How to Set up VPN in Windows 10


Most VPN (Virtual Private Network) services offer their own clients for Windows 10 and other operating systems. They make it relatively easy to connect to different servers and manually configure the VPN protocols. However, you get access to none of this when running Windows 10 in S mode since it only allows users to install UWP apps from the Microsoft Store.
Thankfully, both Windows 10 and Windows 10 S comes with a built-in VPN client, but it takes a considerable amount of manual configuration. Whether it’s for work or personal use, you can set up a VPN in Windows 10 by following this guide and anonymize your browsing activities in public places.

Adding a VPN profile in Windows 10

The first thing you need to do is add your VPN profile to the Windows 10 VPN client. Provided that you have already subscribed to a VPN service, you should be able to access a complete list of VPN servers. The number of servers and their locations varies depending on your VPN provider and subscription, but you can view all of them from the provider’s account info webpage or the desktop client. All you need from there is the address of the VPN server you would like to connect to.
Your VPN provider should also offer you sign-in credentials. It’s a username and password for most commercial VPN services. A few of them also provide certificates for manual login. Additionally, your provider will tell you which VPN protocol is used for the servers. They generally use four common protocols: PPTP, SSTP, L2TP/IPSec, and OpenVPN.
Once you have everything you need to add a VPN profile in Windows 10, simply refer to the instructions below.

  1. First, right-click the Start button and select Settings in the context menu that appears.
  2. Next, select Network & Internet on the Settings screen, then click VPN in the sidebar on the left side of the screen.
  3. Click the + Add a VPN connection option. A new configuration window should appear on the screen.
  4. In the new window, click the box under VPN provider and choose the Windows (built-in) option.
  5. After that, select the Connection name field and enter the name you wish to give the VPN profile. For example, you can use the provider name and server location.
  6. Type in the server address into the Server name or address field. As we mentioned previously, your VPN provider should give you the addresses of the servers.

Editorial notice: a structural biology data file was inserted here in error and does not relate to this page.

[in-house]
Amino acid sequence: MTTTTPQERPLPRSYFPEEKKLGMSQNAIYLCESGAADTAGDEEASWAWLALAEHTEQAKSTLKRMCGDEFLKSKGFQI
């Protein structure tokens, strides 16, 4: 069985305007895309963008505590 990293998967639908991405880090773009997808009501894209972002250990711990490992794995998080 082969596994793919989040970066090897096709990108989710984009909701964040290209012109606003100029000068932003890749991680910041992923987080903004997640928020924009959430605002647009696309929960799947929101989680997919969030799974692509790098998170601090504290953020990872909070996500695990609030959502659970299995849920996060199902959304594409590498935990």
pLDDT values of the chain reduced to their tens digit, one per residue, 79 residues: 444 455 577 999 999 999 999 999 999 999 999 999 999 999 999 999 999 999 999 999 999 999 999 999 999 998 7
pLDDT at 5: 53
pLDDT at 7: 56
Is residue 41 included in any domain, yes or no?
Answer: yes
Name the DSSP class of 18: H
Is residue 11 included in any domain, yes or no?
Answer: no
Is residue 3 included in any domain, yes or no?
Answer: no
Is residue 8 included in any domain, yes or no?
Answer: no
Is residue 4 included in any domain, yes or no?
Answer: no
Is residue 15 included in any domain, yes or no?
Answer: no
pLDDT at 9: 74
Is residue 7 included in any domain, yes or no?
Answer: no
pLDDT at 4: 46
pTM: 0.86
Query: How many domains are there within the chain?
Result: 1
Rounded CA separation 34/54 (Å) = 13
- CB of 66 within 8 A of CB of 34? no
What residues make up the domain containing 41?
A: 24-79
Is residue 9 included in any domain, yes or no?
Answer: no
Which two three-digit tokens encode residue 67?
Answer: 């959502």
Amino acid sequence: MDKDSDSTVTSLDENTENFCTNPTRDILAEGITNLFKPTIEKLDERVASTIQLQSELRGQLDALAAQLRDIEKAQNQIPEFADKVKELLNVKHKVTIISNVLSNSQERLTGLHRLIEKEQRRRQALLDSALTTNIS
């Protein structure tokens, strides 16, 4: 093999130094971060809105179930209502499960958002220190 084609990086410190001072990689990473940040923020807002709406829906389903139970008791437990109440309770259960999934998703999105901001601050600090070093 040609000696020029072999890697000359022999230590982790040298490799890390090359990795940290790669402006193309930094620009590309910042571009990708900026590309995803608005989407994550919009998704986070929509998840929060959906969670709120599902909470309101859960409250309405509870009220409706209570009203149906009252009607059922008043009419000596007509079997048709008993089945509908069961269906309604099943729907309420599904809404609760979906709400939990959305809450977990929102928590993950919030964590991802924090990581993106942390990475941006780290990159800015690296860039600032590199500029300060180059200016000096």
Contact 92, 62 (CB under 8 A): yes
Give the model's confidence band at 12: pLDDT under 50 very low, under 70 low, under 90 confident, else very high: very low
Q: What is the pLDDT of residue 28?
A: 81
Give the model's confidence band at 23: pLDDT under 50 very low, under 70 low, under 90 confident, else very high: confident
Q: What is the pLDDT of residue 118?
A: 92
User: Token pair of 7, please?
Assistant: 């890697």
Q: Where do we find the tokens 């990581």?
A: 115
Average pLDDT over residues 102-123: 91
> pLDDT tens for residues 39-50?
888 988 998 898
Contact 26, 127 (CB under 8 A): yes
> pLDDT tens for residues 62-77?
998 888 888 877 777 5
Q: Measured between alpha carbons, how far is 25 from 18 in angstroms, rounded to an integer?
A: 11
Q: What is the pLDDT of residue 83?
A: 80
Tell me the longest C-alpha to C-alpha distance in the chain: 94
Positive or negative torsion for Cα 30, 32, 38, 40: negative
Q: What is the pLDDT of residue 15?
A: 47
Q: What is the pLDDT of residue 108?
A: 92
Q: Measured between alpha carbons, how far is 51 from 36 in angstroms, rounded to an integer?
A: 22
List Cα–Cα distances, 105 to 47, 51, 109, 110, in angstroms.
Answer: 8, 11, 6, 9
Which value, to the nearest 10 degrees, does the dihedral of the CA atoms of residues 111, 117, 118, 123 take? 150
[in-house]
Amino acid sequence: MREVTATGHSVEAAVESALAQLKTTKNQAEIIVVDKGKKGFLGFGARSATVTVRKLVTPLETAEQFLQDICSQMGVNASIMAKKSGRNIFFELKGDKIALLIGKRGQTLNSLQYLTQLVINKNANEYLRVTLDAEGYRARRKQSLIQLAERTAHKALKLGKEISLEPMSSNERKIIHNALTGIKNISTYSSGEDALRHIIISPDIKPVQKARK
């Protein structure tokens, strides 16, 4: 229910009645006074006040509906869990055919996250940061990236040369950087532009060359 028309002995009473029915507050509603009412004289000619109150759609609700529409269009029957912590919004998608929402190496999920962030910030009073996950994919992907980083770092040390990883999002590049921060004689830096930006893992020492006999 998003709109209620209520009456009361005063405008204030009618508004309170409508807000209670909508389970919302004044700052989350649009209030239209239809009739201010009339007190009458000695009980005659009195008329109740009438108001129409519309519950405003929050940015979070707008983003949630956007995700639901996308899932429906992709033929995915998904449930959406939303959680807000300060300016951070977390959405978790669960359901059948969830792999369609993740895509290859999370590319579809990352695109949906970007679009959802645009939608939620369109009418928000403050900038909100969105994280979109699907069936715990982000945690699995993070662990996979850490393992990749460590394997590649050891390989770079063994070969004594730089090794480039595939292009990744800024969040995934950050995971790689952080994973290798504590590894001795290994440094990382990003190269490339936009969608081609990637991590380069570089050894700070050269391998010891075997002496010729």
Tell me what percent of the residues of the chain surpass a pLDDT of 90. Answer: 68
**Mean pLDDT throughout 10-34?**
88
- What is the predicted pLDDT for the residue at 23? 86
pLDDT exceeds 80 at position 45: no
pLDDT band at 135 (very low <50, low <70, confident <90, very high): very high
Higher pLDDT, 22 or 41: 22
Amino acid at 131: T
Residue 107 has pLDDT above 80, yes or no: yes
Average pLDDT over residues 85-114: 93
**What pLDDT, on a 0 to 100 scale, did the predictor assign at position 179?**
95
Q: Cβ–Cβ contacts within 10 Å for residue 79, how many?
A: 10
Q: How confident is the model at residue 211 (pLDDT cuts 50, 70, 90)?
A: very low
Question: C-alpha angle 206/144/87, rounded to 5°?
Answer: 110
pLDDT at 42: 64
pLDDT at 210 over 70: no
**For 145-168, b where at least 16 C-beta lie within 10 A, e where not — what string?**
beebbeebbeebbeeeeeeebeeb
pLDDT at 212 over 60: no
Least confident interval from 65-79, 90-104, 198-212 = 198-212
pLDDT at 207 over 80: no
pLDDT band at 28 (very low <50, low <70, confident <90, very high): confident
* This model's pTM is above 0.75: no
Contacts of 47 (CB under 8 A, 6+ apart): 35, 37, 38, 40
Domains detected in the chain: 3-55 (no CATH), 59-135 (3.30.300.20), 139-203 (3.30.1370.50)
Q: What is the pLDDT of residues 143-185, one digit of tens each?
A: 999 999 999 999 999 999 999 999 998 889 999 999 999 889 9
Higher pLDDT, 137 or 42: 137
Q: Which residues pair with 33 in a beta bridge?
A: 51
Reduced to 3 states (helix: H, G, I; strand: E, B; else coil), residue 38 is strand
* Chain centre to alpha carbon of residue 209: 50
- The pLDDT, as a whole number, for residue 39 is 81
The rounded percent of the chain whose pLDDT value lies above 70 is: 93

7. Click the VPN type drop-down box and choose the proper protocol that the chosen VPN server uses.
  8. Now open the drop-down menu under Type of sign-in info and choose a sign-in method.
  9. If you choose User name and password, you can enter the credentials in their respective fields to set up auto sign-in. Otherwise, you will have to input them every time you try to connect to the VPN server.
  10. Finally, click the Save button below the configuration window to save the VPN profile.

Assuming you have configured your VPN profile the same way as the following instructions above, you should be able to connect to VPN using Windows 10’s built-in VPN client.

Connecting to VPN in Windows 10

To establish a connection to the VPN server in Windows 10, all you have left to do is select the newly created profile in the VPN Settings menu and click Connect. Based on your chosen sign-in method, you might get a prompt to enter your username and password.
Disconnecting from the VPN is as easy as clicking the Disconnect button in the same VPN Settings menu. You can also delete the VPN profile by clicking Remove in the options.
Note that you can quickly access the VPN menu from the Action Center on the far-right corner of the taskbar.

To conclude

This is how you manually set up and connect to VPN in Windows 10. Obviously, it doesn’t provide all the additional security and privacy features that you usually would get from your VPN provider’s official client.
However, many of you probably don’t find them useful anyway. You also save your device’s resources by not letting yet another process running in the background all the time. Furthermore, the built-in VPN solution works flawlessly on PCs and laptops running Windows 10 S, which doesn’t allow users to run x86 apps by default.



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